Medline ® Abstract for Reference 84
of 'Convulsive status epilepticus in adults: Treatment and prognosis'
Mortality and recovery from refractory status epilepticus in the intensive care unit: a 7-year observational study.
Sutter R, Marsch S, Fuhr P, Rüegg S
Epilepsia. 2013 Mar;54(3):502-11. Epub 2013 Jan 7.
PURPOSE: Refractory status epilepticus (RSE) is a life-threatening neurologic emergency with high mortality and morbidity. The aim of this study was to identify and quantify associations between clinical characteristics of adult RSE patients and outcome.
METHODS: Comprehensive medical chart review was performed of all consecutive adult RSE patients treated on the intensive care units of an academic tertiary care center between 2005 and 2011. Demographics, RSE etiologies and duration, comorbidities, as well as outcomes were assessed. Associations between clinical characteristics and death were quantified.
KEY FINDINGS: Of 260 patients with status epilepticus, 111 developed RSE. Hypoxic encephalopathy (23%), brain tumors (14%), known and uncontrolled epilepsy (10%), and ischemic stroke (8%) were the main etiologies. During hospitalization 38% of patients died. Hypoxic encephalopathy (HE) and brain tumors were independently associated with death (relative risk [RR]2.41, 95% confidence interval [CI]1.40-4.12; p = 0.001 and RR 2.81, 95%CI 1.59-4.96; p<0.0001). The estimatedhazard ratio of death was 3.1 (95% CI1.6-6.0; p = 0.001) for patients with HE and 1.1 (95% CI 0.5-2.3; p = 0.745) for patients with brain tumors. RSE duration and nonconvulsive status epilepticus in coma were independently associated with death (for every hour RR 1.001; 95%CI 1.00-1.002; p = 0.011 and RR 3.62; 95%CI 1.34-9.77; p = 0.005).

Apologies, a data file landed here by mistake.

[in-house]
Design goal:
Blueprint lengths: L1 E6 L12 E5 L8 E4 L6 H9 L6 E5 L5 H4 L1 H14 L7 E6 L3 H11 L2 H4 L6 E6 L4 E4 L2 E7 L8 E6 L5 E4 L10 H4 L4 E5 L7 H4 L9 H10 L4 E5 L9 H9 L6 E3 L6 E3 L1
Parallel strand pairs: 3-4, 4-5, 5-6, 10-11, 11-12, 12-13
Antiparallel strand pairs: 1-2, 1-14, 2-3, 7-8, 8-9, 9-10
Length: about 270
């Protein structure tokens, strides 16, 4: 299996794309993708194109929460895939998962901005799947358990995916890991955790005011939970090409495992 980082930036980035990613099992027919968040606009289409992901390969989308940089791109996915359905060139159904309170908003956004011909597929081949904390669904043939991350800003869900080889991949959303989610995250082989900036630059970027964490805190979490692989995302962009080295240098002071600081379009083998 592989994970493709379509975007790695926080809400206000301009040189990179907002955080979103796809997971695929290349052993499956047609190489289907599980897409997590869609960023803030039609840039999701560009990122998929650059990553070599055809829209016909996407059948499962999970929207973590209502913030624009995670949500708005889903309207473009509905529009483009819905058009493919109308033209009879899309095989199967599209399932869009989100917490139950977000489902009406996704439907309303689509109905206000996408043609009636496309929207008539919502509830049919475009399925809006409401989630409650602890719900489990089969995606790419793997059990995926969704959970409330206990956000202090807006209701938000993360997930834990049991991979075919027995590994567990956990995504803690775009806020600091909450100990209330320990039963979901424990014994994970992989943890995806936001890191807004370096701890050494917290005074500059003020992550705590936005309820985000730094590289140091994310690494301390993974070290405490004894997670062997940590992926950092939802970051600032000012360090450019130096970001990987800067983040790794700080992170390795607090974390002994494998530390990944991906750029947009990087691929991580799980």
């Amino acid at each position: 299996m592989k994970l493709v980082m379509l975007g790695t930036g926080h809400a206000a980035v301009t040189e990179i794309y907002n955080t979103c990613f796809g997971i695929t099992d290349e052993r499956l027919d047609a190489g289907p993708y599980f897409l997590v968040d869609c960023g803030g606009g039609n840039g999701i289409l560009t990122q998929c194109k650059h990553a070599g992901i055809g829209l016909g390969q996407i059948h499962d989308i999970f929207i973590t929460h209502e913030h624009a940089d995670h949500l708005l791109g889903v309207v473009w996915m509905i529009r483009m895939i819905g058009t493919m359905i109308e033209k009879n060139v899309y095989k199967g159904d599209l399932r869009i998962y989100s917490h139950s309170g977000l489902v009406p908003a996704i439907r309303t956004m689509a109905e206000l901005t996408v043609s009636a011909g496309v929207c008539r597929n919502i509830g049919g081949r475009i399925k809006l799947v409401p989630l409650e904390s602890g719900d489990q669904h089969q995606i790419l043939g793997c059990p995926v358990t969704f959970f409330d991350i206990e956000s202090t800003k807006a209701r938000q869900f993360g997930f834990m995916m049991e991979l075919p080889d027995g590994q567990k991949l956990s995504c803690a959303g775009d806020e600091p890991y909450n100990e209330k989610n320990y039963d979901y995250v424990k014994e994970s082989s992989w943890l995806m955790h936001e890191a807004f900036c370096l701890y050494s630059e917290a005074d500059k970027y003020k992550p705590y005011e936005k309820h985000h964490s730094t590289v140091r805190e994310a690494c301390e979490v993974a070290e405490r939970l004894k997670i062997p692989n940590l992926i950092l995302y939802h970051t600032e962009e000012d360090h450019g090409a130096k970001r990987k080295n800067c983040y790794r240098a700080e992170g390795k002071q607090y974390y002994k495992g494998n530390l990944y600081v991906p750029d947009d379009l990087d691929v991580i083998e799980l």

SIGNIFICANCE: Brain tumors and HE had high relative risks for death and were independently associated with mortality in our cohort of critically ill RSE patients. Other clinical characteristics, as well as the use of intravenous anesthetic drugs and mechanical ventilation, may not be strongly related to outcome and should therefore be used cautiously for informed decision making regarding treatment.
Department of Neurology, Clinic for Intensive Care Medicine, University Hospital Basel, Basel, Switzerland. firstname.lastname@example.org